Ok, so before I get started, this is just a little food for thought and it's only my opinion but I have read a lot now about all these amazing benefits that having a curved sword imparts to its user. This got me thinking about whether or not the sword was designed like that deliberately and if it really affects the performance of the user. The katana and indeed its predeccessor, the tachi and all their variants had one signature visual component that stands out above all others. They all have a graceful curvature to them whether it is pronounced or very subtle it is there. As an aesthetic, it is hard to argue that it is not important as it reflects the history and the evolution of the Japanese sword, each progression and variation being very much like rings in a tree, all telling something about the era of their creation. As to the actual function of the curvature however, there are much cloudier discussions.
It has been suggested that the curvature of the blade aids in the slicing action of the sword or that it affects the balance in a way that is advantageous to the practitioner. It is also said that this slender curve makes nukitsuke or the action of drawing and cutting with the sword easier because it helps it to clear the opening of the saya with much less effort.
All this and many others offered up as explanation however seems to be fuelled mainly by conjecture by people in heated arguments or by subjective opinions formed by martial artists. There seems to be very little in the way of science to back up any of this, but this isnt to say that advantages in cutting arent conferred as a result of the curvature of the blade, simply that these subjectivity or emotionally driven discussions are inconclusive.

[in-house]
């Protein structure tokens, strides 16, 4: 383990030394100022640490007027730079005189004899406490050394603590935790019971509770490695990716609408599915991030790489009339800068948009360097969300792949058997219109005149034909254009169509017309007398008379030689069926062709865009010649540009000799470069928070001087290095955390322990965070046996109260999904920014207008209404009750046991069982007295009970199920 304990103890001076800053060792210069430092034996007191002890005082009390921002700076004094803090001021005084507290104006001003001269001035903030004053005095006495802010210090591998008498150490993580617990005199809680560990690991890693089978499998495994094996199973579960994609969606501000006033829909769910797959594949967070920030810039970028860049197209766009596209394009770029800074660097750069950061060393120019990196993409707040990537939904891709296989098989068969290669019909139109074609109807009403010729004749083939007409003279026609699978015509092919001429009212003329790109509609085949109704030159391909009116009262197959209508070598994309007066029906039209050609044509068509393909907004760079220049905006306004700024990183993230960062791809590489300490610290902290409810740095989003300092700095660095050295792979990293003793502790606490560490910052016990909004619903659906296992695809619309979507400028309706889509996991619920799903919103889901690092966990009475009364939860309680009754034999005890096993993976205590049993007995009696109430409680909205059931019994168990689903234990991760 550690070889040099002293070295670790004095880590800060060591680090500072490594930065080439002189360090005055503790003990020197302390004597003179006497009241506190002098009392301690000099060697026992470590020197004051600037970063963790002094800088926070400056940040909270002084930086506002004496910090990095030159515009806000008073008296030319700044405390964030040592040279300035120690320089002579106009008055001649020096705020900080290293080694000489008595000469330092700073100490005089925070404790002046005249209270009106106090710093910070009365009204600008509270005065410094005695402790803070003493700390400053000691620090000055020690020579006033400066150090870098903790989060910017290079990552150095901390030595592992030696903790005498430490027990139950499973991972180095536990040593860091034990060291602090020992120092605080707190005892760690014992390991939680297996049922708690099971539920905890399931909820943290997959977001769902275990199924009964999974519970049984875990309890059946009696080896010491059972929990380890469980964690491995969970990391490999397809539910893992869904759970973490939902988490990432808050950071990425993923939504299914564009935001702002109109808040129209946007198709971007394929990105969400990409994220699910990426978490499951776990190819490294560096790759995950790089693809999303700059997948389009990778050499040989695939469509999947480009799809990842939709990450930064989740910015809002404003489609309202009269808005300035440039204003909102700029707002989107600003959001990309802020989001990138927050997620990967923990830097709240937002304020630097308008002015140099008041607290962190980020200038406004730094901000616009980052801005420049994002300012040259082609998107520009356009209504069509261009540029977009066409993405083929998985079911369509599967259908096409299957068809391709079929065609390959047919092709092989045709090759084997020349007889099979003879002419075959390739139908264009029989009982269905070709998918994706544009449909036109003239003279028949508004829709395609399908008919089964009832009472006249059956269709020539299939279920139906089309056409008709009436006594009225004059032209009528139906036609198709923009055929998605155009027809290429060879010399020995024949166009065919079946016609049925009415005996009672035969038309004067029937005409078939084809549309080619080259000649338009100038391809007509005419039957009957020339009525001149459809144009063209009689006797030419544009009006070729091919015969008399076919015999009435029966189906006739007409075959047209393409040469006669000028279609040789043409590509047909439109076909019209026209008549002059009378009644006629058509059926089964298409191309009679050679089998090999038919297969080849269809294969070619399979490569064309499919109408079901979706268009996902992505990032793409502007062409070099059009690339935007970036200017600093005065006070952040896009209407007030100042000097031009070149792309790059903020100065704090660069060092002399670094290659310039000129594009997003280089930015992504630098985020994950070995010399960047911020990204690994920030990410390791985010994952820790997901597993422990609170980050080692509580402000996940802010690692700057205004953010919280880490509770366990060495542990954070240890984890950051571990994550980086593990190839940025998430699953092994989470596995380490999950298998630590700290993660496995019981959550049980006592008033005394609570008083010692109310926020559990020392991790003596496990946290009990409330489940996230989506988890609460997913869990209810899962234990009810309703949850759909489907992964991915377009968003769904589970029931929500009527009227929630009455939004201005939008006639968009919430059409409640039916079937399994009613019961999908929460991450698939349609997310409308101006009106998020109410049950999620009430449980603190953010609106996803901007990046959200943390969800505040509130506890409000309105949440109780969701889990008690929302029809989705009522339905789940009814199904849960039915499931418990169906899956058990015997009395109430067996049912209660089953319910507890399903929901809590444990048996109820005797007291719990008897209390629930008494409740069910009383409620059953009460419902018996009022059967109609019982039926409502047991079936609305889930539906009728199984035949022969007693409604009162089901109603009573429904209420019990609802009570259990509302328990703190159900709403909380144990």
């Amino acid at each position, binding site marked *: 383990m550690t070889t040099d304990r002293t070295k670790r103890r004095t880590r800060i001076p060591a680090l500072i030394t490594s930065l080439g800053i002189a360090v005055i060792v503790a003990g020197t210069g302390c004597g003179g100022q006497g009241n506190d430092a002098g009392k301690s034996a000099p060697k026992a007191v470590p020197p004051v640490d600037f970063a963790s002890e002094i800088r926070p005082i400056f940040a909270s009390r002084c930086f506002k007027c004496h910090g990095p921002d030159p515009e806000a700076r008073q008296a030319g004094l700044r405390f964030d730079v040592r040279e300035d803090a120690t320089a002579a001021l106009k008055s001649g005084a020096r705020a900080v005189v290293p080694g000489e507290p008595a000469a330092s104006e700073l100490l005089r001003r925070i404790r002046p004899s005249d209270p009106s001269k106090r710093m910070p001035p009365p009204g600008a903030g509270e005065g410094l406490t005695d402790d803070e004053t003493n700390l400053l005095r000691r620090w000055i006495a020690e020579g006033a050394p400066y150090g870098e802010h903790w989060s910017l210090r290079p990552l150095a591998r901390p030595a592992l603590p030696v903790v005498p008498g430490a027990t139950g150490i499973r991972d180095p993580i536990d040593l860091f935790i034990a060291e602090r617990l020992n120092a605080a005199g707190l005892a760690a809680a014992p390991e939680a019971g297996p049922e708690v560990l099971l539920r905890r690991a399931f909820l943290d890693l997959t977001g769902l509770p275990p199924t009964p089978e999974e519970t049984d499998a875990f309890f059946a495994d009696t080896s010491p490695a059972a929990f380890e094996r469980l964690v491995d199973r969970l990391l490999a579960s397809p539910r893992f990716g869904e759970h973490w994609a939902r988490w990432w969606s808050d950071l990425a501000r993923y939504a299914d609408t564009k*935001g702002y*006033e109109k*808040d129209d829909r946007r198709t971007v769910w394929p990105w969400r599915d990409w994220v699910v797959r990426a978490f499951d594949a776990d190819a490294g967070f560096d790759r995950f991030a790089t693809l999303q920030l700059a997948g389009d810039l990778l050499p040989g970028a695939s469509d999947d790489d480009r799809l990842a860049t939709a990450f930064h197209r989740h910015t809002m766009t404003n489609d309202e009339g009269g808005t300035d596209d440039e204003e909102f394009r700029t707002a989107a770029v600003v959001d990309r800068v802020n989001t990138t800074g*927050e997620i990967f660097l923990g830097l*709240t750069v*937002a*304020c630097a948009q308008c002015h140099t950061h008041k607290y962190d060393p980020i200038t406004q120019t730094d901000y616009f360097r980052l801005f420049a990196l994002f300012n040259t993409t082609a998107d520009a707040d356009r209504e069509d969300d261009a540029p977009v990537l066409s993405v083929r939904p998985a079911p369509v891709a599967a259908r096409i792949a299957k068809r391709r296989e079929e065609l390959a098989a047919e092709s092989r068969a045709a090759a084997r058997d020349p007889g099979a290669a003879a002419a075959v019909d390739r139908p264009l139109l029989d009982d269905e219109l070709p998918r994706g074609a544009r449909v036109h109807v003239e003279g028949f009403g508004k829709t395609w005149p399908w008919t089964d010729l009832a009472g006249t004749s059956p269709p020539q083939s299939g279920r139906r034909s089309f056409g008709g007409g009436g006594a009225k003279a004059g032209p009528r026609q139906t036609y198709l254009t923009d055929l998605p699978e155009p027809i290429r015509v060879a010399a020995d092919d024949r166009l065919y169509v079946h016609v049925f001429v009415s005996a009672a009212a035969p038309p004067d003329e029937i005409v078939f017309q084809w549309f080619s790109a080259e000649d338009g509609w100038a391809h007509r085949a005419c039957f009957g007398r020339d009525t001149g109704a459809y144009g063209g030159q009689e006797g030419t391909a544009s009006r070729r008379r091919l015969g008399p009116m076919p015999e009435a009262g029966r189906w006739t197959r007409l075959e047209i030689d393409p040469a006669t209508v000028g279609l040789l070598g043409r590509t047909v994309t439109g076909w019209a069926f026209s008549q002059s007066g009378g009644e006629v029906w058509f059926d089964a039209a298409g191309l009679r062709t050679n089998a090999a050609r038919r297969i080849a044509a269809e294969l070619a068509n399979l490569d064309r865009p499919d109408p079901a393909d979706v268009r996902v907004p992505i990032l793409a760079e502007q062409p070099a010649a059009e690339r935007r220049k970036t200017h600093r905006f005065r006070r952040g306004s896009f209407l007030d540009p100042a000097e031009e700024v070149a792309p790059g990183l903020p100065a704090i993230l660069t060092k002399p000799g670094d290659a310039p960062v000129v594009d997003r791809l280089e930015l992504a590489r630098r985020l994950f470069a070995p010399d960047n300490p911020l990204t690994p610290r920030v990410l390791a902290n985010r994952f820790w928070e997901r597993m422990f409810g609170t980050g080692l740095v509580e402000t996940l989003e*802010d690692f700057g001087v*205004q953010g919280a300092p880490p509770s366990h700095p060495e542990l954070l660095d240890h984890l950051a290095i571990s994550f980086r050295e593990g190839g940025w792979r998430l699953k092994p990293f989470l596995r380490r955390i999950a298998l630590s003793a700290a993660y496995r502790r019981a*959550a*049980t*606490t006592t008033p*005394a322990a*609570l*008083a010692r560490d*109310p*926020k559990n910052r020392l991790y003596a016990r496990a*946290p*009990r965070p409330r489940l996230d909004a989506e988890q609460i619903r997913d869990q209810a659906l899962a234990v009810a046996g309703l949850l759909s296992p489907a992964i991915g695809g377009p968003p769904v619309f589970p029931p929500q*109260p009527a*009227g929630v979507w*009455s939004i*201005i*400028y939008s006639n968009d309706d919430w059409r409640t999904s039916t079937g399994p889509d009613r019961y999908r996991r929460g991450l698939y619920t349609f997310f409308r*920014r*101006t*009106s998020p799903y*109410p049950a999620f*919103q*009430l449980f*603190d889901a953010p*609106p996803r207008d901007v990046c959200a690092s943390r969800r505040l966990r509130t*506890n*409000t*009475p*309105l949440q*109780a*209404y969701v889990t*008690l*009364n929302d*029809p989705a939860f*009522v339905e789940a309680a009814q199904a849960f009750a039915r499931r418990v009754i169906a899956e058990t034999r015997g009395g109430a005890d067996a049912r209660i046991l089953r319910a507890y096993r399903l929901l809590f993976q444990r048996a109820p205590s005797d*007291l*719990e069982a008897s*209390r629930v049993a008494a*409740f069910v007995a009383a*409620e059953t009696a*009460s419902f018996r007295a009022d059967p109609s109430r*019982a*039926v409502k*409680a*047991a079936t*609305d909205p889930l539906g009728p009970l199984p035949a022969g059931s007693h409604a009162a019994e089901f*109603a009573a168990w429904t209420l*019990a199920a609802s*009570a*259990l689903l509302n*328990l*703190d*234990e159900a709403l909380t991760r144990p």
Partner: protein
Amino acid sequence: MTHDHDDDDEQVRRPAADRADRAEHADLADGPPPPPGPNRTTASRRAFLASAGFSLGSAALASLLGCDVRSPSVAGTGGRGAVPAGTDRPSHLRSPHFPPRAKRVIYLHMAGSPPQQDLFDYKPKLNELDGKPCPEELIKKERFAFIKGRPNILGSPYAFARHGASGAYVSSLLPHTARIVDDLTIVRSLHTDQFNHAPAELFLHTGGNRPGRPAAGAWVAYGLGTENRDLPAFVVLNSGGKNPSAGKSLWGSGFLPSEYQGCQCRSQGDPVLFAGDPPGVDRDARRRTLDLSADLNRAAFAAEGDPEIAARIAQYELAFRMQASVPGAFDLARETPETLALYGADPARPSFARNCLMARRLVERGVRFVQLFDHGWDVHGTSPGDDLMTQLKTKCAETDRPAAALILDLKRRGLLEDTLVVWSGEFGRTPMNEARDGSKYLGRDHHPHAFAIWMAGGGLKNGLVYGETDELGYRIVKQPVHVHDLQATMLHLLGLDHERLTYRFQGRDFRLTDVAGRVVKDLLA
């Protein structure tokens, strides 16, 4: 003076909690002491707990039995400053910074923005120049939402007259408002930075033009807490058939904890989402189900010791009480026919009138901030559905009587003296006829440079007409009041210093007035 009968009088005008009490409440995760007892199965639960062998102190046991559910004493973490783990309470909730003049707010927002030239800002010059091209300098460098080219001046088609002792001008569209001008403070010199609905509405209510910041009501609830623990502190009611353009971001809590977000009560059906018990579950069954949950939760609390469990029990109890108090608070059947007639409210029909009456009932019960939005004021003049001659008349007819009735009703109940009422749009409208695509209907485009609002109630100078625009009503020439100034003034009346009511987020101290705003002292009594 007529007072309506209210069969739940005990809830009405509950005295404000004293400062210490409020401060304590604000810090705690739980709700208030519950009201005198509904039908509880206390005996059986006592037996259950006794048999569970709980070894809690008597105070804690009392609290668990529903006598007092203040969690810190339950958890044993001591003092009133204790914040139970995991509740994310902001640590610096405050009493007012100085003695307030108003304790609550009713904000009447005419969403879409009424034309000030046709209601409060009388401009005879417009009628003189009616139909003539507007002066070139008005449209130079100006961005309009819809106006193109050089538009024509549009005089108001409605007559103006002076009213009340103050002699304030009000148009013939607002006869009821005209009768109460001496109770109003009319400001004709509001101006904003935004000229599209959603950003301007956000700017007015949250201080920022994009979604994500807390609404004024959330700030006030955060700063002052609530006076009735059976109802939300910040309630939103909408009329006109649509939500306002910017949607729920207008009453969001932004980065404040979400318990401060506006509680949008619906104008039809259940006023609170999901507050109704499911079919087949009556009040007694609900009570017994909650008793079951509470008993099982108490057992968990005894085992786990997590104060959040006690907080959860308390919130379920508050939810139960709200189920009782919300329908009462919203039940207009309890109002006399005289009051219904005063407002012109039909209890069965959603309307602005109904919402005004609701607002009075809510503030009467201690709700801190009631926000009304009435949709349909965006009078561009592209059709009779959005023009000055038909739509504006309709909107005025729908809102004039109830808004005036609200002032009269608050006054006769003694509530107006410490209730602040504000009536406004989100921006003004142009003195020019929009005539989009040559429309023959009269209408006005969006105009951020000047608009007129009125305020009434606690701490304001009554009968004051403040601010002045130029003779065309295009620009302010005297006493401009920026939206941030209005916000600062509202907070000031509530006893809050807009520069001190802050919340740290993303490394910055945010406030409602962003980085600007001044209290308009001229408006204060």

Practical tests have been done however and the results observed as best could be. When done with a variety of swords from different areas in different styles, against both hard and relatively soft targets, everything else being equal such as the quality of the steel and the quality of their construction, there have been no noticeable differences it would seem in the performance of any one of them.
What we know to be true however is that the Samurai formulated their martial arts around their needs at the time, evolving them as and when. If there are any advantages to the curvature of the sword when wielded by Samurai then I believe they evolved after the sword was placed in their hands and were a response to that curvature and the way that it changed the handling of the sword. In fact from an entirely materialistic point of view, the curvature was a result of the forging technique that produced the differentially hardened blades with hamon that are prized by many collectors and martial artists. We also know that a curved blade was possible before this forging technique was, but still there are no historic examples of curved non differentially hardened katana. It would seem that this confirms that the form of Iai followed the form of the sword and not the other way around.
So whether or not it really helps the cutting motion at all is still out there. I do not know the answer, but it does seem like the Japanese sword arts evolved to use it as effectively as possible in the same way that the sword arts of other countries like England or France evolved to use their more stout and straight or flexible and more needle like blades. What do you think?